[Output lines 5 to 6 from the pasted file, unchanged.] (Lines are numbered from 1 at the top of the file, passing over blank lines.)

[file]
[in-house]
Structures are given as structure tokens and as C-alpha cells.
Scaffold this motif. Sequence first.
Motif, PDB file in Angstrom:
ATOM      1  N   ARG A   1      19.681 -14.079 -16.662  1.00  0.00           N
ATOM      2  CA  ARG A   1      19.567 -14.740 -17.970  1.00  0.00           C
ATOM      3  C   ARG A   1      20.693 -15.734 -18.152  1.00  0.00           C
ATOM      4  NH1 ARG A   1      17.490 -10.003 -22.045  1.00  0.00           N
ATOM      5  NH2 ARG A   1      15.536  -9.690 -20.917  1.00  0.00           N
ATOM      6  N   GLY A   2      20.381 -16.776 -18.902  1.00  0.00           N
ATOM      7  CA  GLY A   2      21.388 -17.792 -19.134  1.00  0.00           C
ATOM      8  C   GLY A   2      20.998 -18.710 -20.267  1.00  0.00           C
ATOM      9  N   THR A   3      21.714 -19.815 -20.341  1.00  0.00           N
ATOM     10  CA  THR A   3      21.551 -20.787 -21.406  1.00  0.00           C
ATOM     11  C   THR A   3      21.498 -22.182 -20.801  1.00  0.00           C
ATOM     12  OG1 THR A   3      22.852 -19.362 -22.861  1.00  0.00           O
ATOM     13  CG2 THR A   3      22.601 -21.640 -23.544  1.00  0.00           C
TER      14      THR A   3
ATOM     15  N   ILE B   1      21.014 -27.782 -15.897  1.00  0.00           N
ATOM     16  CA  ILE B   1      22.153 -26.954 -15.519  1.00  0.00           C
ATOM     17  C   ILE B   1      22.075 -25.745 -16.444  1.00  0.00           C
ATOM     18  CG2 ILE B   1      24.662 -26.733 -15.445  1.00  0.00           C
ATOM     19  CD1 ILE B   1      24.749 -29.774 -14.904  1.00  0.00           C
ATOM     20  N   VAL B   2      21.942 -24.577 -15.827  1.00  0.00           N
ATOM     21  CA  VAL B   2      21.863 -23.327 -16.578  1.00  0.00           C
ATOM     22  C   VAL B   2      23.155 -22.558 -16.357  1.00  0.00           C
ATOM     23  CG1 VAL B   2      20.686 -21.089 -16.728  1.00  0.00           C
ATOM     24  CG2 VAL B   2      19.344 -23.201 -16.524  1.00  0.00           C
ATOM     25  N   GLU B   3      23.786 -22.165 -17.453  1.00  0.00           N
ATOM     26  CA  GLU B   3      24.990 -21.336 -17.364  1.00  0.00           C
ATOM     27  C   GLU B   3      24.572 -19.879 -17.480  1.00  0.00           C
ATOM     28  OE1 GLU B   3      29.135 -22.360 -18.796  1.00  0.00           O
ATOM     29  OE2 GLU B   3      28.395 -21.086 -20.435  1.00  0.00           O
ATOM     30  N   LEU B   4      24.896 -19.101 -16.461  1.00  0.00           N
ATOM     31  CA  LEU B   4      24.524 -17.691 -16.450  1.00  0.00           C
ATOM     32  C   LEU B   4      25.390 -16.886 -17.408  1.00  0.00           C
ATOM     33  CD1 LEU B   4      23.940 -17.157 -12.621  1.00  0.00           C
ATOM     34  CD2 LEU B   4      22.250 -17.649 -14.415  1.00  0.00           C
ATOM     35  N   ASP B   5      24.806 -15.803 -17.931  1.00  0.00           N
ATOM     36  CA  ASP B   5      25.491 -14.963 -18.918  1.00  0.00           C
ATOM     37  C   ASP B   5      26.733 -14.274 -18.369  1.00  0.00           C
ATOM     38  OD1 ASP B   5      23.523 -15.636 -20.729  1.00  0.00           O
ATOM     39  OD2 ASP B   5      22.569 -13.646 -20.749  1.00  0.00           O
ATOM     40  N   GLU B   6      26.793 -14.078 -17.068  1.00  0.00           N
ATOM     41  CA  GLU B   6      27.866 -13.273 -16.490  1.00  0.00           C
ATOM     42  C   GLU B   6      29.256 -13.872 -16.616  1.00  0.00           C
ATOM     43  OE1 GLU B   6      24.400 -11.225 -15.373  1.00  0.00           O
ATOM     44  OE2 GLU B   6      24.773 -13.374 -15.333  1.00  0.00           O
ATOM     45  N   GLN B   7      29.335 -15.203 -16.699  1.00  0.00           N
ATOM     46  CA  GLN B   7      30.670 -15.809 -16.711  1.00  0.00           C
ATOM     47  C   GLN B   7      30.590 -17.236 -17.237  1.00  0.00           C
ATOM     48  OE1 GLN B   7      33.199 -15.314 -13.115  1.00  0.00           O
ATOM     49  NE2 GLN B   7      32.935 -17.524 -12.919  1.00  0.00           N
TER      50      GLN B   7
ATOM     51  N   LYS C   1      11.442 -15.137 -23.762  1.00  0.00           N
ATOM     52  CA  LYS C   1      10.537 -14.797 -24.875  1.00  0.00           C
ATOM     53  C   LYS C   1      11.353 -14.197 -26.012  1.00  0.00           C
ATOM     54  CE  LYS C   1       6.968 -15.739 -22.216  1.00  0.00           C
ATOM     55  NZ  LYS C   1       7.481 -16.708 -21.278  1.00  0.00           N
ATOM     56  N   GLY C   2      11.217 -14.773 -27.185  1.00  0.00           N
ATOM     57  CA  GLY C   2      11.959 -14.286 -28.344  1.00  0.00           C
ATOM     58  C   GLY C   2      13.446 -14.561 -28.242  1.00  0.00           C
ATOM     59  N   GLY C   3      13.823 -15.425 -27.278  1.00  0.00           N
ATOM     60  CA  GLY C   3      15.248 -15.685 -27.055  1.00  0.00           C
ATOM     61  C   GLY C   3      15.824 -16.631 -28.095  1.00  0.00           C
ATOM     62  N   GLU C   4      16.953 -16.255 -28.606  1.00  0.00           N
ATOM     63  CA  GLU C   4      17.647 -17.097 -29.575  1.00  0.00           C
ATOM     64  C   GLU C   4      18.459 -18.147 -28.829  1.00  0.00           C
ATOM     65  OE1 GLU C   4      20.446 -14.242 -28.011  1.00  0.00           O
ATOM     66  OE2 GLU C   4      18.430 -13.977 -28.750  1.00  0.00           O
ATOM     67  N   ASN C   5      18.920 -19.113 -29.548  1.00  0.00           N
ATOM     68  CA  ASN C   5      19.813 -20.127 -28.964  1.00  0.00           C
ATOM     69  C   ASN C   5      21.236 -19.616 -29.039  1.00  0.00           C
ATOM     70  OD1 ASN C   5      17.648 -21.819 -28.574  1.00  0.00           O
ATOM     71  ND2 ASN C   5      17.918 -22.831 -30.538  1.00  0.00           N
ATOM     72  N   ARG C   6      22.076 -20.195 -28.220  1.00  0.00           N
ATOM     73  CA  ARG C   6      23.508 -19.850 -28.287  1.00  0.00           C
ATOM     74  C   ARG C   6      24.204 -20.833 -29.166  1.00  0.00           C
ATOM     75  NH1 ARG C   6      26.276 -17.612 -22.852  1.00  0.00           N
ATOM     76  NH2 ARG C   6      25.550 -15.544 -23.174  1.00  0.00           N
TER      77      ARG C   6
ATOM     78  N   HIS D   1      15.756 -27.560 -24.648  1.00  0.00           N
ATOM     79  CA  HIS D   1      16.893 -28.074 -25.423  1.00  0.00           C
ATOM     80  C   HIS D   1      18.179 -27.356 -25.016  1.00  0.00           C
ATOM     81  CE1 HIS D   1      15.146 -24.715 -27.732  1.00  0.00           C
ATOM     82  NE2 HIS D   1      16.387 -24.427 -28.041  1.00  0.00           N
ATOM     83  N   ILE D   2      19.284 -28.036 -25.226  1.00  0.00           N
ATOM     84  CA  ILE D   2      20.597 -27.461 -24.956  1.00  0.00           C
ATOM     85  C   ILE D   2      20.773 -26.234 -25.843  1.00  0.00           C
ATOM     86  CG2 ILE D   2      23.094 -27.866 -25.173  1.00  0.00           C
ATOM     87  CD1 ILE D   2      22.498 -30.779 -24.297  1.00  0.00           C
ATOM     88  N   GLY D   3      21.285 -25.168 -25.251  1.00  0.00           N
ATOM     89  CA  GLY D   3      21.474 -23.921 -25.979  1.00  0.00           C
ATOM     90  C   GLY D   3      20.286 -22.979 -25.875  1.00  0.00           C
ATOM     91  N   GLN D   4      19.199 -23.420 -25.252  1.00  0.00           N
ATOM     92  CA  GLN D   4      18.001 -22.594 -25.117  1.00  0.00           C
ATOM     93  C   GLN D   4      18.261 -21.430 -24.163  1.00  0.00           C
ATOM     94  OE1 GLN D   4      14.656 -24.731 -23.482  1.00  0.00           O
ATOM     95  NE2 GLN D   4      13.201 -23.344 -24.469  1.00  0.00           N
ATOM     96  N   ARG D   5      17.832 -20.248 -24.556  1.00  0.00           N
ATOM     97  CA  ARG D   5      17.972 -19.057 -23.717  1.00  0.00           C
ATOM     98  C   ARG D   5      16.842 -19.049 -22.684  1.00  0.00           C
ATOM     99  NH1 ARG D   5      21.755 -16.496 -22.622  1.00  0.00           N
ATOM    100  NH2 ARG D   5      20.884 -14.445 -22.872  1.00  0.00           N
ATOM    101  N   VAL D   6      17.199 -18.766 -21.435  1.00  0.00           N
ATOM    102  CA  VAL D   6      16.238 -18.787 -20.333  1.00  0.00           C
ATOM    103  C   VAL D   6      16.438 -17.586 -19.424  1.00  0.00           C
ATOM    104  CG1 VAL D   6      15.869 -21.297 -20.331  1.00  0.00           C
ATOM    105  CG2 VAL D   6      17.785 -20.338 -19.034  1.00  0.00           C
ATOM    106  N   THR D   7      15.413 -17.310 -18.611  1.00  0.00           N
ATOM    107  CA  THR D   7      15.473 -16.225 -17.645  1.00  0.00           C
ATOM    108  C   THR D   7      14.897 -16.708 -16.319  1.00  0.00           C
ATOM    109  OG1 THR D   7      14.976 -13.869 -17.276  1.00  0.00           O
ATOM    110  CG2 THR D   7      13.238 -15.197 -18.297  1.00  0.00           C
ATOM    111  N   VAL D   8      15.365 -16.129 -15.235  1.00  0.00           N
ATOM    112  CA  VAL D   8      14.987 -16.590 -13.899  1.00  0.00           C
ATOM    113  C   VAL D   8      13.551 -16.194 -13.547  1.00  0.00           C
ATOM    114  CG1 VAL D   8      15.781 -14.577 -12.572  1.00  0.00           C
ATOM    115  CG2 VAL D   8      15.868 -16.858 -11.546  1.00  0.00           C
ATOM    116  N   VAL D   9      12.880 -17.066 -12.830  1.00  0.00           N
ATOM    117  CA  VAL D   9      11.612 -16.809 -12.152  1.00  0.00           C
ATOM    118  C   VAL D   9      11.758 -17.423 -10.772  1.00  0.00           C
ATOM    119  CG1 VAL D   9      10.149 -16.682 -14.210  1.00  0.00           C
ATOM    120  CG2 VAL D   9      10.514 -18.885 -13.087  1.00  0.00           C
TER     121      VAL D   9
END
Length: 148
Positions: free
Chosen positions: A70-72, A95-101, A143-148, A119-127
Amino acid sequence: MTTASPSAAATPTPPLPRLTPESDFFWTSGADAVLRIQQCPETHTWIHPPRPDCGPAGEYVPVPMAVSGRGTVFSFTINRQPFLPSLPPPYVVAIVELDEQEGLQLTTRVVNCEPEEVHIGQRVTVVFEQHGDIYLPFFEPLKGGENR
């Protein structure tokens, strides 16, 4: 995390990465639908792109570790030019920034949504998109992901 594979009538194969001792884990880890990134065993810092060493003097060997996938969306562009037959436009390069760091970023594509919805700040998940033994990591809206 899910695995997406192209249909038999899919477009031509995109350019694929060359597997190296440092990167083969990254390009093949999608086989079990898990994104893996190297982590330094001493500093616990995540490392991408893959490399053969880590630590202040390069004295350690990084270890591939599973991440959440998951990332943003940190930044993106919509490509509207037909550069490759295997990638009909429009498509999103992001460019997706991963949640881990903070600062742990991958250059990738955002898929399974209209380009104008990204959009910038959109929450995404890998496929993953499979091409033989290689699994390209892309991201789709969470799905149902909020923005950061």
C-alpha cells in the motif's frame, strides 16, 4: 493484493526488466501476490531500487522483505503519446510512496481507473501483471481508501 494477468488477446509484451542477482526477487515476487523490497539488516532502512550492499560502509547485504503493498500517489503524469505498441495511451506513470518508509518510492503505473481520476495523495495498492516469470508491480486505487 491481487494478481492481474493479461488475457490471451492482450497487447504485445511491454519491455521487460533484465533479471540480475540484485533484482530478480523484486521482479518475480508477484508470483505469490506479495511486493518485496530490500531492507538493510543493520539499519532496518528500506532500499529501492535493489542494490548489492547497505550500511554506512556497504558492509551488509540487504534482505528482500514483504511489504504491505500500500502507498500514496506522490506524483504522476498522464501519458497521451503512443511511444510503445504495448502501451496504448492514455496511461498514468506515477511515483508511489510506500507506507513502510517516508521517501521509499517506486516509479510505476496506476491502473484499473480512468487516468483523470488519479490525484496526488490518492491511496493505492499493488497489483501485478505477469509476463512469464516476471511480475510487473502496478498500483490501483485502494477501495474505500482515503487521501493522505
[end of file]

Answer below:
ATOM      1  N   ARG A   1      19.681 -14.079 -16.662  1.00  0.00           N
ATOM      2  CA  ARG A   1      19.567 -14.740 -17.970  1.00  0.00           C